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The Employee Retention Credit Changes in 2021

The Coronavirus Aid Relief and Economic Security Act (CARES) was introduced in March of 2020 as a direct response to the ongoing pandemic. Originally the CARES Act was set to expire on December 31, 2020, but on December 27th, 2020 the Consolidated Appropriations Act of 2021 was signed into law. This extended and amended many of the original components of the CARES Act.

These extensions and amendments have been applied to the Employee Retention Credit- a payroll tax credit designed to encourage employers to keep employees on the payroll. Going forward, the employee retention credit for 2021 has some differences from the original 2020 provisions. Additionally, the 2020 credit has received some retroactive changes.

Employee Retention Credit 2020 

Employers can receive a credit against employer-paid social security tax equal to 50% of the qualifying wages. Qualifying wages for each employee are limited to $10,000 for the 2020 year. This applies to any wages paid from March 13, 2020, through December 31, 2020. 

For eligibility, an employer must meet one of the following criteria:

  • They are fully or partially suspended under order from a governmental authority limiting commerce, travel, or group meetings due to COVID-19.
  • They experienced a 50 percent decline in gross receipts in any calendar quarter. This means that gross receipts are less than 50 percent compared to gross receipts from the same calendar quarter in the prior year.

The 2020 credit is available to employers with less than 100 employees OR employers with more than 100 employees IF wages are paid during non-working periods triggered by a government shutdown.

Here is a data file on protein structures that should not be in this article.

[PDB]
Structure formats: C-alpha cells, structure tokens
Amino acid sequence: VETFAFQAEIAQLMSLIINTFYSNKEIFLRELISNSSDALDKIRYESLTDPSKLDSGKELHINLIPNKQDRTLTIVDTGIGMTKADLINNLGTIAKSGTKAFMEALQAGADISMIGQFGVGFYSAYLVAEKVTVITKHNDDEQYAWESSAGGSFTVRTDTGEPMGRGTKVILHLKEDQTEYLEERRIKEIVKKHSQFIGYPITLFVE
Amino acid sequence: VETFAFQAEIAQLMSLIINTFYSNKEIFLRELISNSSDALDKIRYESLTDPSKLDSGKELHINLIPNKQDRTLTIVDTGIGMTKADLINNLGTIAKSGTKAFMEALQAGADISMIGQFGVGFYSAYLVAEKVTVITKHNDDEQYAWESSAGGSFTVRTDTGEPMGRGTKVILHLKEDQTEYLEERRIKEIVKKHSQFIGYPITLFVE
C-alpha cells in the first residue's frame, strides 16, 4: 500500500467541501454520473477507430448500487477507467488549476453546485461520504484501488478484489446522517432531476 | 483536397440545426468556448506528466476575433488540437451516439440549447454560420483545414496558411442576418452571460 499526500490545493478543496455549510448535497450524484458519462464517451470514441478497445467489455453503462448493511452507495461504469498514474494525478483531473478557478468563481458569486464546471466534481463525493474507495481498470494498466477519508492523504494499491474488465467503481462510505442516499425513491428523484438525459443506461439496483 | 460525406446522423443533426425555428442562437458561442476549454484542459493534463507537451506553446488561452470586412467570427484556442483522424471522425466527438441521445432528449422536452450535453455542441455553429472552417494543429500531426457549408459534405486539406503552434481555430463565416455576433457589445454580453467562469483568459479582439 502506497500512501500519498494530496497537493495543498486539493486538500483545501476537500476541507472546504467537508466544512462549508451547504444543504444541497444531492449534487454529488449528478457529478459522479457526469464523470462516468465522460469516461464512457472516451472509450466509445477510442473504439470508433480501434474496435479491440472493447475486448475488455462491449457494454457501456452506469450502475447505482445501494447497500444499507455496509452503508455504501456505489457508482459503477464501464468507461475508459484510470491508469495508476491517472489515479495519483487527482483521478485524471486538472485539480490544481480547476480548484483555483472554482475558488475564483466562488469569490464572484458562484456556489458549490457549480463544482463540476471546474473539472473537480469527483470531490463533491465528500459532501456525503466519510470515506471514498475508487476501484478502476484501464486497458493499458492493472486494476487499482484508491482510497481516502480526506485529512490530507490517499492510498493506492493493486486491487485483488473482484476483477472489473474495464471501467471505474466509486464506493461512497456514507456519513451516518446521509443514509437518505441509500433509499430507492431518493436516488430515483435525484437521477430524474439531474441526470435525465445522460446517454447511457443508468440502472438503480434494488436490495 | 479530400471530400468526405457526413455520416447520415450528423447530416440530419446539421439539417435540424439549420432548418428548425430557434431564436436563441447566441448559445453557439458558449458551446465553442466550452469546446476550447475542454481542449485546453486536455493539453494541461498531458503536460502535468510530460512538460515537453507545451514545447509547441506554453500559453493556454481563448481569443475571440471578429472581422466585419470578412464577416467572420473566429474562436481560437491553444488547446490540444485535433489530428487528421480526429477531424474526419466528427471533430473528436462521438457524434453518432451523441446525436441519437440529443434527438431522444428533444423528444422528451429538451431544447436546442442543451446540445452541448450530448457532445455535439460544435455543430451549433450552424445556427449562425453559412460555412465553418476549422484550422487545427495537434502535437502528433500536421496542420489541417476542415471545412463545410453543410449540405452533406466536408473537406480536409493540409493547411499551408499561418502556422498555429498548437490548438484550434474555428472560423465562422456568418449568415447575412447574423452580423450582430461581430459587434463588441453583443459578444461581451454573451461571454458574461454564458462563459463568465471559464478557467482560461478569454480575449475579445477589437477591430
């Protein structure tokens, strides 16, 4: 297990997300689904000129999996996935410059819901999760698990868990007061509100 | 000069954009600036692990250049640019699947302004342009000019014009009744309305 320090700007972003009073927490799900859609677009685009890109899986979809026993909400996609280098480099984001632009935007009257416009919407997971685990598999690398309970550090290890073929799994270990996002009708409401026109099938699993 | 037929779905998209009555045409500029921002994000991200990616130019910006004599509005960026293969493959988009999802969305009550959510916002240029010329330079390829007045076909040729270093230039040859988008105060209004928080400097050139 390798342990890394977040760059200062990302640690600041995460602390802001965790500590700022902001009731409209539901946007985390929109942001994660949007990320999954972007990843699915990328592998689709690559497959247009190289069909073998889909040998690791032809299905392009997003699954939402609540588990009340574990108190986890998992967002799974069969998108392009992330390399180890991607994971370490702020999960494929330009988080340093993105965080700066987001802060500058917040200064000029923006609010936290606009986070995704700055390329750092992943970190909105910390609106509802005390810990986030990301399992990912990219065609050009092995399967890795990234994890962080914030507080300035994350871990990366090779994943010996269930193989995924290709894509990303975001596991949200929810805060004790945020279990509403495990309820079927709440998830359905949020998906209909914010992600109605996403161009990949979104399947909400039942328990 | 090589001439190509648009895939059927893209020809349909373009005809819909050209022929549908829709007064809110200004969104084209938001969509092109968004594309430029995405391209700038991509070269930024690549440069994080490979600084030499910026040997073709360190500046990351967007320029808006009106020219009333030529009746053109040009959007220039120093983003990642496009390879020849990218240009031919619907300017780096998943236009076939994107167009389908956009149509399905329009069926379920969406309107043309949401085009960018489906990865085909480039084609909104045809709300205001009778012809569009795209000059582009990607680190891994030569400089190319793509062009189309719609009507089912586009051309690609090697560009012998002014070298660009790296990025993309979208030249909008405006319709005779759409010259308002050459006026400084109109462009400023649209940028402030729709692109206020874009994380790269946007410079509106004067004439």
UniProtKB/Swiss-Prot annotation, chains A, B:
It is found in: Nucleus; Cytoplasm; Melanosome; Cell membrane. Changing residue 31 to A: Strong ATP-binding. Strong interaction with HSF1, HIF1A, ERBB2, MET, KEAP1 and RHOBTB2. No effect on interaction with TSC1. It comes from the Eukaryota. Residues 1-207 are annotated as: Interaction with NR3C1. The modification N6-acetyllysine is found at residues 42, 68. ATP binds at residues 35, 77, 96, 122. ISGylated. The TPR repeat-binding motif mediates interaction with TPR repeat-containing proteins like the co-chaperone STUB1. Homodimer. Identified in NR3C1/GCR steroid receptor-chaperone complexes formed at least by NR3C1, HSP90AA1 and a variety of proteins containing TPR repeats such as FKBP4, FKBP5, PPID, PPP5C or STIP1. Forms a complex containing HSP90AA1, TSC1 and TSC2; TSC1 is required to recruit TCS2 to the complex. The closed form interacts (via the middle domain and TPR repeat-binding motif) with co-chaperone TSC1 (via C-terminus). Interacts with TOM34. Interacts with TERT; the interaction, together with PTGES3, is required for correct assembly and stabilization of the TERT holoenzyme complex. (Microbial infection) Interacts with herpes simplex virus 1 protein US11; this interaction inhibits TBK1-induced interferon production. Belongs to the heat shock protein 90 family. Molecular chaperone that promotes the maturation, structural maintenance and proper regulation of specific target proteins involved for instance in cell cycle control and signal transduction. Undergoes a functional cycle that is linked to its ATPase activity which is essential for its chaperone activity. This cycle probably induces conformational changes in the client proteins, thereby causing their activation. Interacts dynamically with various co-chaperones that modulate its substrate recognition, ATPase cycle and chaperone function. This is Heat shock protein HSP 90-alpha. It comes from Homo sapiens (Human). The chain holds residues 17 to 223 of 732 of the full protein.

Employee Retention Credit 2021

Employers can receive a credit against employer-paid social security tax equal to 70% of the qualifying wages. Qualifying wages for each employee are limited to $10,000 for each calendar quarter in 2021. This applies to any wages paid from January 1, 2021, through June 30, 2021. 

For eligibility, an employer must meet one of the following criteria:

  • They are fully or partially suspended under orders from a governmental authority limiting commerce, travel, or group meetings due to COVID-19.
  • They are experiencing a 20 percent decline in gross receipts in any calendar quarter. This means that gross receipts are less than 80 percent compared to gross receipts from the same calendar quarter in the prior year.

The 2021 credit is now available to employers with up to 500 employees.

The employer claims the credit against the applicable payroll taxes paid on future payrolls. If the credit exceeds the applicable payroll taxes, then the excess will be refunded to the employer. Additionally, health care costs are now considered qualified wages- even if no other compensation is paid to the employee. This applies retroactively to 2020.

The credit is now available if the employer is a borrower under the Payroll Protection Loan Program. This applies retroactively to 2020 as well. However, the credit is not available to fund wages that were paid with the proceeds of the Payroll Protection Loan Program if those proceeds have been or will be forgiven. Additionally, the amount of the credit is reduced by any credits allowed under Section 7001 or 7003 of the Families First Coronavirus Relief Act (i.e., the sick leave and family leave credits). 

The changes are subtle but important to note going forward and when looking back at 2020 records.

Is there anything Payroll Systems can help you with as you accommodate rapid legislation changes? Reach out and talk to us about the easy-to-scale solutions you need for your business.

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This article provides general information and shouldn’t be construed as legal or HR advice. Since employment laws may change over time and can vary by location and industry, please consult a lawyer or HR expert for advice specific to your business. You can also contact Payroll Systems to inquire about our HR support services.